ARC Review – Between the Notes by Sharon Huss Roat

23287163Title: Between the Notes

Author: Sharon Huss Roat

Rating: ★★★★★

Synopsis: When Ivy Emerson’s family loses their house—complete with her beloved piano—the fear of what’s to come seizes her like a bad case of stage fright. Only this isn’t one of her single, terrifying performances. It’s her life. And it isn’t pretty.

Ivy is forced to move with her family out of their affluent neighborhood to Lakeside, also known as “the wrong side of the tracks.” Hiding the truth from her friends—and the cute new guy in school, who may have secrets of his own—seems like a good idea at first. But when a bad boy next door threatens to ruin everything, Ivy’s carefully crafted lies begin to unravel . . . and there is no way to stop them.

Huge thank you to Harper Teen for sending me an ARC of this!

River’s Review:

ALL. THE. FEELS.

Wow this book snuck up on me. The first 100 pages or so were okay (around 3-star territory) but then about halfway I was REALLY in love with this book and didn’t want to put it down! You know you’re hooked on an unputdownable book when you’re halfway through the workday and all you want to do is go home and read! That’s how I felt about this book.

Ivy Emerson’s family is rich. Her dad has a large company, she lives in a gated mansion on the “right” side of town and is part of the elite crowd at school. Then one day it all falls down around here when she finds out that her dad’s company is NOT doing well and that they’re losing their house and most of their possessions. Ivy’s family needs to use what money they have left to keep surviving and to pay for her little brother’s therapy. So the family of five moves to the “wrong” side of town, into an apartment that is roughly the size of her parent’s old master bedroom.

Ivy’s new home is next door to Lennie, the school’s resident bad boy who apparently sells drugs. Ivy hates him from the start and she refuses to believe that the situation they’re in will be permanent. She forces her best friend to keep quiet about the fact that Ivy’s family is now poor and she goes to great lengths to hide her now home and situation. Only she can’t hie from Lennie because they go to school together.

Enter James, the new boy at school. He’s got the looks, a BMW and apparently a good taste in literature. Ivy and James spend a lot of time getting to know each other while Ivy tries to hid what her family is going through. At the same time Lennie is trying to befriend her, and she does her best to avoid him. When James finally does find out about Ivy’s family he doesn’t care, but later she friends out that James is actually very wealthy and due to some miscommunication he bails on her and goes back to his family (who he was running away from because he was sick of people only seeing him for his money).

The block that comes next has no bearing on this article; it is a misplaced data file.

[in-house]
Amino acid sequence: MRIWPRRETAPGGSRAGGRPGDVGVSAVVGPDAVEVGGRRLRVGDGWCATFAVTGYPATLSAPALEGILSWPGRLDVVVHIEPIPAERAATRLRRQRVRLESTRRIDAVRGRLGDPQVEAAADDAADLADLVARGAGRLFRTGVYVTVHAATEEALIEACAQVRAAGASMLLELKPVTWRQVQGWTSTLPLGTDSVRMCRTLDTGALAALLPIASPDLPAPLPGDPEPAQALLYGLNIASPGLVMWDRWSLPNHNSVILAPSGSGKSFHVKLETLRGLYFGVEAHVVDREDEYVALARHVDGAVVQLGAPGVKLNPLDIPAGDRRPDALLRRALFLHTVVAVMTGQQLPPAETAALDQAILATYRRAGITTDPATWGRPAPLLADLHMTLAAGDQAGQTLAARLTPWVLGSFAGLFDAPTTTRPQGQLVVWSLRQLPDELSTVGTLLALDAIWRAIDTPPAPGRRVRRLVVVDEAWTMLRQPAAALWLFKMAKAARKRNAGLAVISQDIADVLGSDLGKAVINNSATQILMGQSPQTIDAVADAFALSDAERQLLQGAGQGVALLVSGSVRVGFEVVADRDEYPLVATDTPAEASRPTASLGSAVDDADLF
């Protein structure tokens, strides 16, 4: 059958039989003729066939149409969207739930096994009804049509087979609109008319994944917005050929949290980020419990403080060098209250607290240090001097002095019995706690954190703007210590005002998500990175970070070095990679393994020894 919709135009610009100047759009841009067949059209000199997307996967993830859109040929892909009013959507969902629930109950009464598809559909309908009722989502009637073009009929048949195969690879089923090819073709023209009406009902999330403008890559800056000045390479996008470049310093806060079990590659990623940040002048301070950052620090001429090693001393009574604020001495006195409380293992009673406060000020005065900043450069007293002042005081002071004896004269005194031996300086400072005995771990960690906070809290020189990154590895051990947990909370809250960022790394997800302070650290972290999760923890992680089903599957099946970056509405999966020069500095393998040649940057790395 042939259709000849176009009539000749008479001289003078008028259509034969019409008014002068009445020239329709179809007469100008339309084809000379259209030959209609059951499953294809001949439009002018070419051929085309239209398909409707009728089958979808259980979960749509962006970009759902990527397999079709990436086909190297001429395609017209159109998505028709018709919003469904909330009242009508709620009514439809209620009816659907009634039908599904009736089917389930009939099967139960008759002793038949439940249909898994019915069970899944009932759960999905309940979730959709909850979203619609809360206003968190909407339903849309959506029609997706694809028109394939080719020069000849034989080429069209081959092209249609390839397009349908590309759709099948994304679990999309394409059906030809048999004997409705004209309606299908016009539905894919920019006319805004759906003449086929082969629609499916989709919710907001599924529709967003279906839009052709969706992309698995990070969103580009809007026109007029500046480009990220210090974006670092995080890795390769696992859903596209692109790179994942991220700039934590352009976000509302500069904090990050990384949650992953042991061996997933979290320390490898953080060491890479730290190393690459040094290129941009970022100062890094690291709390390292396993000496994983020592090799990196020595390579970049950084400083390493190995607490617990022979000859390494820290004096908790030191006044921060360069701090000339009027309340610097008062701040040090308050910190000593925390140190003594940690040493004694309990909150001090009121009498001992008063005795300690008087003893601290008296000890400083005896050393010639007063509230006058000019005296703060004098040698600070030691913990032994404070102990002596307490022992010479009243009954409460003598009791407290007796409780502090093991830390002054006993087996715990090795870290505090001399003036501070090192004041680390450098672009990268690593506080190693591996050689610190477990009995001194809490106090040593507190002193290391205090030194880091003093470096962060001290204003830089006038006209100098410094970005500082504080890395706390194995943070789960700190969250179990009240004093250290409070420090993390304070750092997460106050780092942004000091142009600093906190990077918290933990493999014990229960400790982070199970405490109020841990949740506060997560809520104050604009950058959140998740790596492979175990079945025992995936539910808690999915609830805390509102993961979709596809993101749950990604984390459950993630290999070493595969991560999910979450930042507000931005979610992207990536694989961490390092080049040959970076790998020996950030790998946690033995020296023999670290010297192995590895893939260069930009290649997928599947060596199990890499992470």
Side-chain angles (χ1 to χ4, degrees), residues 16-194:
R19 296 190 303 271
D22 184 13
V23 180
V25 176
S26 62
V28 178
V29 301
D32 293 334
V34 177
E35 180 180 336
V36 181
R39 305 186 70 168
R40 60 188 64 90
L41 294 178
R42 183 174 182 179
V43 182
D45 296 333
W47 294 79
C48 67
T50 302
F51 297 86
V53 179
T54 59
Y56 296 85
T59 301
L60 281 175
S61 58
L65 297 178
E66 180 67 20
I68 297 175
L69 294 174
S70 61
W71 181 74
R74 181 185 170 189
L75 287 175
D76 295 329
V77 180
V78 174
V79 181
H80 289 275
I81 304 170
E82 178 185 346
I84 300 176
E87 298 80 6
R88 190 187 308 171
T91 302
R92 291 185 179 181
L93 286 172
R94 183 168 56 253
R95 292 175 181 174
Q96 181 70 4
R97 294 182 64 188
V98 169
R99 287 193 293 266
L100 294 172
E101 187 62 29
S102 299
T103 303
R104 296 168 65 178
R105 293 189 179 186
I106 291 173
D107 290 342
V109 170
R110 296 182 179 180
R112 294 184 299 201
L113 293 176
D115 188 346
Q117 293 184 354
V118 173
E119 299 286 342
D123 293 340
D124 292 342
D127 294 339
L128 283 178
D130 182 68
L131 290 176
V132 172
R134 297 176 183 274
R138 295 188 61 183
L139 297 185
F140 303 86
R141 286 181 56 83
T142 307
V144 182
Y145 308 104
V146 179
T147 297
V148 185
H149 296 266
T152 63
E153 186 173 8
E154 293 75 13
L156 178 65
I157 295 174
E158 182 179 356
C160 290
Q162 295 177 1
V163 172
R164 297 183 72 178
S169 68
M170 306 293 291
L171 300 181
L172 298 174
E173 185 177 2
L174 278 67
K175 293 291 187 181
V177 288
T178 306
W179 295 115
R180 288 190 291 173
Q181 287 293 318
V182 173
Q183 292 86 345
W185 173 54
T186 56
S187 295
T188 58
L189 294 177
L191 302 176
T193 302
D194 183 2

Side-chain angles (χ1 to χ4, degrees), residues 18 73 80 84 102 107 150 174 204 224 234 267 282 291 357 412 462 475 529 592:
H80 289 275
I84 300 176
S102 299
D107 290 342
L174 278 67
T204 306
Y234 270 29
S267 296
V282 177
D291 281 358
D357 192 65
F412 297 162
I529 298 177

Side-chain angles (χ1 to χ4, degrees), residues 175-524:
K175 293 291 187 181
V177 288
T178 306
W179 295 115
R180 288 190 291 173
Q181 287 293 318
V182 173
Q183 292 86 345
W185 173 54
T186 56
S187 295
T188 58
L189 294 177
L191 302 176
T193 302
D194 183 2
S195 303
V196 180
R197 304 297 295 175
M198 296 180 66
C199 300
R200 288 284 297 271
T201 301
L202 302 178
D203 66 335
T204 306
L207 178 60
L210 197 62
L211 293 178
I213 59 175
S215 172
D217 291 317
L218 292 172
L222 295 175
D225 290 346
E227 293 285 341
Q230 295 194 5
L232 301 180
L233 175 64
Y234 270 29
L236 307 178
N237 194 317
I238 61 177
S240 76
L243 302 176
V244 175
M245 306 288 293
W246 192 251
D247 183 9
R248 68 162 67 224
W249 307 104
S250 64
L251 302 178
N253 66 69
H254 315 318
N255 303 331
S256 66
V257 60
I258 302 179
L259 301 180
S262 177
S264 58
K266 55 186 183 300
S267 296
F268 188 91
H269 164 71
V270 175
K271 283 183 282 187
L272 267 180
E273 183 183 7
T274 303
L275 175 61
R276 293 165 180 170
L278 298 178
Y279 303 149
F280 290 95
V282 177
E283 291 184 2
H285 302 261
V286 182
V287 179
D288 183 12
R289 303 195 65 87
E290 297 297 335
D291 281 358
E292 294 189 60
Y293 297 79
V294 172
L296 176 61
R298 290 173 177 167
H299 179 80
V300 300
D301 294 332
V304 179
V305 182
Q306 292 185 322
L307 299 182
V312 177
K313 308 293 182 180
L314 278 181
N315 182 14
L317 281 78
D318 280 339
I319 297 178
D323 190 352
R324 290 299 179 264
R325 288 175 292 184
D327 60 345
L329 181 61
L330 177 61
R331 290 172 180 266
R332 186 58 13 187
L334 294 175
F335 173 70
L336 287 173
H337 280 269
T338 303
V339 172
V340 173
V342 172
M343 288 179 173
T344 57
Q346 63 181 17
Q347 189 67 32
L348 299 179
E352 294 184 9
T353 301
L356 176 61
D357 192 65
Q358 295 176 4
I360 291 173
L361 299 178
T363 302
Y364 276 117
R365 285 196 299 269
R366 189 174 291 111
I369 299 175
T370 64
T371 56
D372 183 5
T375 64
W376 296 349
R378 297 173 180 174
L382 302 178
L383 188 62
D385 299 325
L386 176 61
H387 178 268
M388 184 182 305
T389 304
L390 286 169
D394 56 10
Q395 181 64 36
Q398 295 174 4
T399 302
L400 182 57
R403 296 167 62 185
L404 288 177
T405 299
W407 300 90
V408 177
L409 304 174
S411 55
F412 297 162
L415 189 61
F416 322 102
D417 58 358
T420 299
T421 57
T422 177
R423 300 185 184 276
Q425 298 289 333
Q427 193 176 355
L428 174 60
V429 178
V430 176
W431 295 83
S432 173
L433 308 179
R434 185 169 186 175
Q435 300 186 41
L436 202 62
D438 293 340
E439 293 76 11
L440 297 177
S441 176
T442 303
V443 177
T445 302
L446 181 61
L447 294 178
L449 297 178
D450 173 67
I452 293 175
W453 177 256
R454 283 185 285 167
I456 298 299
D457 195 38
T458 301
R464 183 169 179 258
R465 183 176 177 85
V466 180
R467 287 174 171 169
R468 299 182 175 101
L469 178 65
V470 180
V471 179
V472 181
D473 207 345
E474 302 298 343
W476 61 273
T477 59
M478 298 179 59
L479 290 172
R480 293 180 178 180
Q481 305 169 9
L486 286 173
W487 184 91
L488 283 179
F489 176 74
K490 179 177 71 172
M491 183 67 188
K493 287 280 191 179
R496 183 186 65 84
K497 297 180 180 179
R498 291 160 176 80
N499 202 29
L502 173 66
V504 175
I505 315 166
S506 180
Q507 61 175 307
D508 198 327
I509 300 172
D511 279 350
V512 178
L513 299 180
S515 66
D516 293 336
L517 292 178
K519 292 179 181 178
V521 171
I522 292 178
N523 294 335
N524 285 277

Ivy’s secret does eventually get out and the way that she handles it just seems to real. She’s embarrassed and scared and sad. She doesn’t know who to turn to when people start to turn their backs on her. But she makes new friends, get close to an old friend, and starts to warm up to Lennie.

I loved all of Ivy’s interactions with Lennie, and I wish there had been more. I also loved how he tied back to a very important part of her stage fright and even helps her get over it when she finally plays the piano and sings in front of a crowd. I really loved the way that she misjudged him and admitted that she was wrong. I also loved the themes of friendship, how sometimes you’re just suck with the friends you have based on circumstance and how like cling to like. I was so happy when Ivy broke away from her group and did what she wanted, spent time with who she wanted, and stopped judging. And the family was so sweet. I can’t imagine what it must have been like for her parents to struggle the way there were. And it shed such a sad picture on what the American lower-middle and lower class looks like.

Ivy’s piano playing and musical ability was woven so seamlessly into this. I loved how she used music to help herself understand her situation and how as she grew, her music grew, and what she allowed herself to do with the music also grew.

And finally the end. THE END! That’s what bumped it up to a full five stars. Because it gave me ALL. THE. FEELS. I love it when two characters come together and are just so right and the moment is perfect and then there’s swooning and yes. It was perfection.

Make sure to check this book out guys. It’s a hidden gem.

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